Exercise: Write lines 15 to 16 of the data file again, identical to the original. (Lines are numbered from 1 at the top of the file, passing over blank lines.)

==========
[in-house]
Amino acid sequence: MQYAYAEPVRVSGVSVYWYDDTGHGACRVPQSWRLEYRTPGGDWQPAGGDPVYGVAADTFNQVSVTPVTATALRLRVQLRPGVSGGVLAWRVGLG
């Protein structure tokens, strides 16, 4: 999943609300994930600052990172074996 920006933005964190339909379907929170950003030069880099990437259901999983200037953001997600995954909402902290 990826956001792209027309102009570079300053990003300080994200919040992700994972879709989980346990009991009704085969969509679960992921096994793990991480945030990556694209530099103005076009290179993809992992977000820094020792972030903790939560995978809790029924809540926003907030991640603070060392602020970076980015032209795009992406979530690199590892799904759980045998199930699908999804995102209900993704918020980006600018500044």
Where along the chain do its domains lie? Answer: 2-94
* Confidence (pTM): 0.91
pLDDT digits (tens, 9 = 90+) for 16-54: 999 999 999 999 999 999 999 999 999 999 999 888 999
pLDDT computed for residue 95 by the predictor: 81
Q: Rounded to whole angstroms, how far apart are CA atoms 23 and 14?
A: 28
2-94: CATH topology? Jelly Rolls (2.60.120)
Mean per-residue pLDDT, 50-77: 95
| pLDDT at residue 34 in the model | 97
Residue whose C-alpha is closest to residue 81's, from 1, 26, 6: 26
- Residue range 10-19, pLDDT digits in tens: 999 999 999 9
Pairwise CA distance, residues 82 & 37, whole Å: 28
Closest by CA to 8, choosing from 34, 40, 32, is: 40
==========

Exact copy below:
Pairwise CA distance, residues 82 & 37, whole Å: 28
Closest by CA to 8, choosing from 34, 40, 32, is: 40